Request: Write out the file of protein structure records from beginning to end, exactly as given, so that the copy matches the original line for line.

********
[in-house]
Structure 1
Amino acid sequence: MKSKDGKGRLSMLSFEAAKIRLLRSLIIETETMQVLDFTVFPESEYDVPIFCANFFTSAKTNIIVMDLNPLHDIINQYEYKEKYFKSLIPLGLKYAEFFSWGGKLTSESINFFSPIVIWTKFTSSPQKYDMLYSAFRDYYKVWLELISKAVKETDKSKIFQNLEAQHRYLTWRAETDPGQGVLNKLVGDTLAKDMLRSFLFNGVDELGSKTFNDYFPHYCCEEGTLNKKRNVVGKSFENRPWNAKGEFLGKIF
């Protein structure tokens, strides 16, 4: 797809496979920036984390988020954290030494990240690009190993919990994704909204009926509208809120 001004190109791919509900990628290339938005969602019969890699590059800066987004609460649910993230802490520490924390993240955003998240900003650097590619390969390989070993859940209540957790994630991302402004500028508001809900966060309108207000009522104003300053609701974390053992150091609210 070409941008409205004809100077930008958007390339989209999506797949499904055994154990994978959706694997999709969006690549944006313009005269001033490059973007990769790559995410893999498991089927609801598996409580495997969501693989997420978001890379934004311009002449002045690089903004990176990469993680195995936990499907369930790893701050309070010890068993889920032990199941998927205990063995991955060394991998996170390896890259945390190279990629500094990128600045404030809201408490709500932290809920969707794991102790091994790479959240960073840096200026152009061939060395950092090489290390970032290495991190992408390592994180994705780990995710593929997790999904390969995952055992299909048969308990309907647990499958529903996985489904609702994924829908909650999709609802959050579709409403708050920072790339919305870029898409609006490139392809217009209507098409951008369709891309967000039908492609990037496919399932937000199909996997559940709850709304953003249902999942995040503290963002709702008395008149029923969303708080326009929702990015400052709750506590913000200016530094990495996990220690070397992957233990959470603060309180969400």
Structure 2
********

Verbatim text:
[in-house]
Structure 1
Amino acid sequence: MKSKDGKGRLSMLSFEAAKIRLLRSLIIETETMQVLDFTVFPESEYDVPIFCANFFTSAKTNIIVMDLNPLHDIINQYEYKEKYFKSLIPLGLKYAEFFSWGGKLTSESINFFSPIVIWTKFTSSPQKYDMLYSAFRDYYKVWLELISKAVKETDKSKIFQNLEAQHRYLTWRAETDPGQGVLNKLVGDTLAKDMLRSFLFNGVDELGSKTFNDYFPHYCCEEGTLNKKRNVVGKSFENRPWNAKGEFLGKIF
């Protein structure tokens, strides 16, 4: 797809496979920036984390988020954290030494990240690009190993919990994704909204009926509208809120 001004190109791919509900990628290339938005969602019969890699590059800066987004609460649910993230802490520490924390993240955003998240900003650097590619390969390989070993859940209540957790994630991302402004500028508001809900966060309108207000009522104003300053609701974390053992150091609210 070409941008409205004809100077930008958007390339989209999506797949499904055994154990994978959706694997999709969006690549944006313009005269001033490059973007990769790559995410893999498991089927609801598996409580495997969501693989997420978001890379934004311009002449002045690089903004990176990469993680195995936990499907369930790893701050309070010890068993889920032990199941998927205990063995991955060394991998996170390896890259945390190279990629500094990128600045404030809201408490709500932290809920969707794991102790091994790479959240960073840096200026152009061939060395950092090489290390970032290495991190992408390592994180994705780990995710593929997790999904390969995952055992299909048969308990309907647990499958529903996985489904609702994924829908909650999709609802959050579709409403708050920072790339919305870029898409609006490139392809217009209507098409951008369709891309967000039908492609990037496919399932937000199909996997559940709850709304953003249902999942995040503290963002709702008395008149029923969303708080326009929702990015400052709750506590913000200016530094990495996990220690070397992957233990959470603060309180969400």
Structure 2